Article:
Dar Anahita > Front Hall Directory > al-Iwan Dining Niche > 2002 Mists Bardic Feast

Principality of the Mists Bardic 2002
Mediterranean Tour Feast
First Course - mixed cultures

  • Bread - mix of sourdough bread and white dinner rolls (purchased)
  • Butter - unsalted (purchased)
  • Mostly Period Cheese Plate: emmenthaler, fontina, munster, provolone (purchased)
  • Carrot Paste - Anonymous Andalusian Cookbook
  • Meatballs - Anonymous Andalusian Cookbook
  • Sinab - Almond-Honey-Mustard Sauce - Anonymous Andalusian Cookbook
  • Almond-stuffed Prosciutto-wrapped Dates - Catalan
  • Steamed Asparagus - asparagus tossed with olive oil, vinegar, salt - Italian

Cheese Sampler Plate

This was made of a selection of cheeses which are most likely "period":
  • 4 lb. Emmenthaler - Switzerland, 13th cent
  • 4 lb. Fontina - Italy, 13th cent
  • 4 lb. Munster - France, 13th cent?
  • 4 lb. Provolone - Lombardy - possibly "period", possibly modern

Cut each block of cheese into equal 10 pieces
Put one piece of each kind of cheese on the serving plate for each table.
This makes a little over 3 oz. of cheese per diner.

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Carrot Paste

the 13th c. Anonymous Andalusian cookbook
trans. by Charles Perry

Take a ratl of carrots, of which you have cleaned the interior. Cook it in a ratl of water, some two boilings, then take it off the fire and let it dry a little, over a sieve. Add it to three ratls of honey, cleaned of its foam, and cook all this until it takes the form of a paste. Then season it with ginger, galingale, cubeb and flowers [of clove?], half an ûqiya in all for each ratl. Eat it like a nut at meals. Its benefits: it fortifies coitus and increases desire beautifully; it is admirable.


5 lb. carrots
5 c. water
2-1/2 lb. honey
2 cups sugar
1 Tb. + 1-1/2 tsp. ginger
1 Tb. + 1-1/2 tsp. galingale
1 Tb. + 1-1/2 tsp. cubeb
1 Tb. + 1-1/2 tsp. clove

1. Cook carrots in water until soft.
2. Add honey to carrots.
3. Cook until very tender, mashing a bit.
4. Add sugar and a bit more water.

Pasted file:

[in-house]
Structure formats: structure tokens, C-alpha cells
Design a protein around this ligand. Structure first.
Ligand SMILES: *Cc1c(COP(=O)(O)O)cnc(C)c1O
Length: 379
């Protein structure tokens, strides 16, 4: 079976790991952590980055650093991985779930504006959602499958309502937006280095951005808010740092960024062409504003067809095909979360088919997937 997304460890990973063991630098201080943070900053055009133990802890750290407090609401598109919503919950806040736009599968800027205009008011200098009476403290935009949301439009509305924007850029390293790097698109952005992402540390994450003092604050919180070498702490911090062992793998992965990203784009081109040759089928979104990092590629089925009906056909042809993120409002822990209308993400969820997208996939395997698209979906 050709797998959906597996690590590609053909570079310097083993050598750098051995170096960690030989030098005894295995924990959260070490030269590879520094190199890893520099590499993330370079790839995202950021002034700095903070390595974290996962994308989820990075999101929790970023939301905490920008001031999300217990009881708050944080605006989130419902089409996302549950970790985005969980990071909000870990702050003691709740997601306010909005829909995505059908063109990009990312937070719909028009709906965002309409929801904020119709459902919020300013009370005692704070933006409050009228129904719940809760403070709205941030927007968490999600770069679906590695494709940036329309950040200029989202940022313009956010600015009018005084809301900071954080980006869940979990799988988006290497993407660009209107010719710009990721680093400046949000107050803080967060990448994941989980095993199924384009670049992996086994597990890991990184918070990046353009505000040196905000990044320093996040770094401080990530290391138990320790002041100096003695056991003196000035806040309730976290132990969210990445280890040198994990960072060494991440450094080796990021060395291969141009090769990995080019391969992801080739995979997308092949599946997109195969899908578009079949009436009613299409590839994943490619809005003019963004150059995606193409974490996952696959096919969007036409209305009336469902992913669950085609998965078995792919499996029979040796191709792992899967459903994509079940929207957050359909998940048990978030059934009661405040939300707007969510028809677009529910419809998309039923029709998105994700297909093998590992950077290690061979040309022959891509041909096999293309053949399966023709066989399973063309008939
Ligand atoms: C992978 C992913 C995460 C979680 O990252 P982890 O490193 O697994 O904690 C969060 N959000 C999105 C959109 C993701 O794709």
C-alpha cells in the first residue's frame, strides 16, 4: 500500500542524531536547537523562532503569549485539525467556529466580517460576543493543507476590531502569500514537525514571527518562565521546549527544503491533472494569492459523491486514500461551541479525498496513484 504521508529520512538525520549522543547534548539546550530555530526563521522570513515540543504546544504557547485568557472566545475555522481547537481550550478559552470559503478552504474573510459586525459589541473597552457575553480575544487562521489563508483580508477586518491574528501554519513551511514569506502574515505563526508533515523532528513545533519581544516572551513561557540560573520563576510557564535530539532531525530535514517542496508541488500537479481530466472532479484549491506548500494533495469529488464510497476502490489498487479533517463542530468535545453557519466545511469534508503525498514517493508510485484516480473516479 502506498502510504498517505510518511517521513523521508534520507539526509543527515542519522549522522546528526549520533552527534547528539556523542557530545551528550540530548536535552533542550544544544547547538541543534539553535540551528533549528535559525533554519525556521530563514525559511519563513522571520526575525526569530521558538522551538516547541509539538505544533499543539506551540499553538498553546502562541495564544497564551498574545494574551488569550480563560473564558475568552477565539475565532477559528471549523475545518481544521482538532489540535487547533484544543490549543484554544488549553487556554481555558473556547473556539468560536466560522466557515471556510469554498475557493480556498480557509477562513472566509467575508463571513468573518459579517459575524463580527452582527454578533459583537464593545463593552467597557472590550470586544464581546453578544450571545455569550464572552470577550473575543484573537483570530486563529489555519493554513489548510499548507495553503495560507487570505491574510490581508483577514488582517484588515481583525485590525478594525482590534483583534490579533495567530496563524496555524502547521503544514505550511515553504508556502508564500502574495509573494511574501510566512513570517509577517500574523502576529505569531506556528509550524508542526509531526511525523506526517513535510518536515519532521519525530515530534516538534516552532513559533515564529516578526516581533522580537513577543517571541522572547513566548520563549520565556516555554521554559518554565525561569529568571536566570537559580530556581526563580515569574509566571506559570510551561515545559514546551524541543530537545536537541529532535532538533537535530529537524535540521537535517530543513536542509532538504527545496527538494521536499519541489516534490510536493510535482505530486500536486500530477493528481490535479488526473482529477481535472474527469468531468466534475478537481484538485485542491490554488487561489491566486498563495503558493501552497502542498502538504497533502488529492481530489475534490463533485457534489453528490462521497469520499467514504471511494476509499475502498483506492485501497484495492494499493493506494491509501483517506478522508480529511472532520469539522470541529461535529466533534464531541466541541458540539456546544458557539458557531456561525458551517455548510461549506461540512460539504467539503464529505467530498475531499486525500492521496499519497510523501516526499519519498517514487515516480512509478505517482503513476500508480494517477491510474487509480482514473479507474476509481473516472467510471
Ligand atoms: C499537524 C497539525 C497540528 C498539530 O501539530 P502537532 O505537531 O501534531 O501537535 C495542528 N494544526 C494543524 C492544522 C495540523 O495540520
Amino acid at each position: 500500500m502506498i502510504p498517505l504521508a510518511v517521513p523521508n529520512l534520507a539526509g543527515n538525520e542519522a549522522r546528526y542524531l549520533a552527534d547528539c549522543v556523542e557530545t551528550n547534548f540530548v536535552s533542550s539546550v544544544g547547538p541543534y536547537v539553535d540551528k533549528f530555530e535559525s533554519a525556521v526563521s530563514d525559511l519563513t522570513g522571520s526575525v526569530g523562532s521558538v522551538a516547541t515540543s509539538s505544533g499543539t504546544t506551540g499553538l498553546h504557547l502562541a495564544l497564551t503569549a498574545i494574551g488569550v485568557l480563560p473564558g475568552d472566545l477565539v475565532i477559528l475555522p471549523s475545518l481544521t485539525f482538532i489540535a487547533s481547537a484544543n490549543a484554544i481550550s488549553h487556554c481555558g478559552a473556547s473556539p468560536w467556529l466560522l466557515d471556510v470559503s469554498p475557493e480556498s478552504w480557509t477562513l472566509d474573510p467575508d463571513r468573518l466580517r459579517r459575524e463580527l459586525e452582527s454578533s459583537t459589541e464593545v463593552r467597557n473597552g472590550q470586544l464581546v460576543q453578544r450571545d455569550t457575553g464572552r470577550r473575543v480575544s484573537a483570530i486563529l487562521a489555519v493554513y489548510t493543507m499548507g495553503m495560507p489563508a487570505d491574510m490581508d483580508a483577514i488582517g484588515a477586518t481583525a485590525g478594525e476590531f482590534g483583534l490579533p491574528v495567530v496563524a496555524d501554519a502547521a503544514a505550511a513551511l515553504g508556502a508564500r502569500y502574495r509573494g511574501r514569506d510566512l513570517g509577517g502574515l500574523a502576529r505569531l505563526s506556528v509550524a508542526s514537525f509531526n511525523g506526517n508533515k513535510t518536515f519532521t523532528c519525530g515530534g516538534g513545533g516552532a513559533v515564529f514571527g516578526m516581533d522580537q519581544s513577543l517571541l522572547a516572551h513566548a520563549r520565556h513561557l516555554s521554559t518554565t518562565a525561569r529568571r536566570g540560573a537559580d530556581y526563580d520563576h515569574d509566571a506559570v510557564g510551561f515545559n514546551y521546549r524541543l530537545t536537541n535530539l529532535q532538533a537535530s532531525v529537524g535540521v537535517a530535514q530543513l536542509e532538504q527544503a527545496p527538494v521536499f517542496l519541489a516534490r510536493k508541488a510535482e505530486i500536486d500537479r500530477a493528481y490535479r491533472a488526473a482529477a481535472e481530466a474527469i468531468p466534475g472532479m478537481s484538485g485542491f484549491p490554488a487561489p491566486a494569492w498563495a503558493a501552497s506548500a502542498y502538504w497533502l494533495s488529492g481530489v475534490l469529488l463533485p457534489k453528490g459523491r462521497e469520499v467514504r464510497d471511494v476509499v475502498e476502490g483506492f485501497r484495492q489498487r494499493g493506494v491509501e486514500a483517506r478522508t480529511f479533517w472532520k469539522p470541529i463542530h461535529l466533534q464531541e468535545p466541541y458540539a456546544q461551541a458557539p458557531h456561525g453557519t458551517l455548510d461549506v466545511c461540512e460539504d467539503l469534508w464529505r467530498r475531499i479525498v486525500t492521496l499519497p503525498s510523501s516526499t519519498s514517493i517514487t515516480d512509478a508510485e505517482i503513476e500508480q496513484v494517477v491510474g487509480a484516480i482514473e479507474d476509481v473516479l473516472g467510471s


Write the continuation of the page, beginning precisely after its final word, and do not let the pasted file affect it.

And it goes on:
5. Cook and continue mashing until it forms a paste. If you mash by hand, there will be some lumps, which is what i did. For a smoother paste, you could puree the pulp in a blender.
6. Remove from heat, then season it with ginger, galingale, cubeb and clove.


  • I added sugar instead of more honey because i think the flavor of the honey would be overpowering, whereas sugar adds sweetness with a less assertive flavor.
  • This reminded me incredibly of a Gujarati sweet i've eaten which is made with grated carrots cooked with sugar, cardamom, and other spices.
  • There were many favorable comments on this recipe. I thought it was delicious.

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Andalusian Meatballs

My thanks to Mungo Mor who made the meat balls from my recipe.

Based on an analysis of several meatball recipes in the 13th c. Anonymous Andalusian cookbook.
trans. by Charles Perry

Some of the recipes just say to make meatballs "in the way that they are made". To find out what this might mean, I read five recipes and looked for common or typical ingredients.

The method of cooking the meatballs varies as well. Some are boiled, some fried, some simmered in a sauce. Because these meatballs were served with Sinab, a mustard sauce, they were cooked simply, rather than boiled in sauce.


30 lb. ground meat - we used beef
10 lb. onions
3 bunches fresh cilantro
3 Tb. salt
6 Tb. ground coriander seed
4 Tb. + 1-1/2 tsp ground cumin seed
3 Tb. powdered cinnamon
3 Tb. ground white pepper
12 eggs

To keep meatballs consistent, I suggest doing this in batches, rather than all at once, by dividing ingredients by 3 or 4.

1. Peel onions, cut off tops and tails, then quarter.
2. Puree onion in blender or food processor with cilantro, salt and spices.
3. Beat eggs.
4. Mix eggs with onion-spice puree.
5. Mix egg-onion-spice puree with ground meat. Be sure all ingredients are blended well together.

At this point, I suggest that you cook a couple small meatballs first and taste them to see how seasoning is. If it needs adjustment, write down what you add and process remaining batches with the same amount of spices. If the sample batch tastes fine, continue to the next step.

6. Form into meatballs about the size of a walnut.
7. Cook meatballs. Some recipes call for frying, others for boiling. You could also try baking. Do whatever is most comfortable or convenient for you. If you want, you could even try all methods simultaneously... For the feast, they were baked in the oven at 350 degrees Farenheit.
8. When meatballs are cooked, cool them until they are cool enough to handle.
9. When they are cool enough, freeze them in zip-close plastic bags.

To Serve:
Meatballs can be served at room temperature.
Thaw in refrigerator. Heat water and pour into a large container - immerse bags of meatballs in hot (not boiling) water until they are warm enough.

If you like, you can add any or all of the following: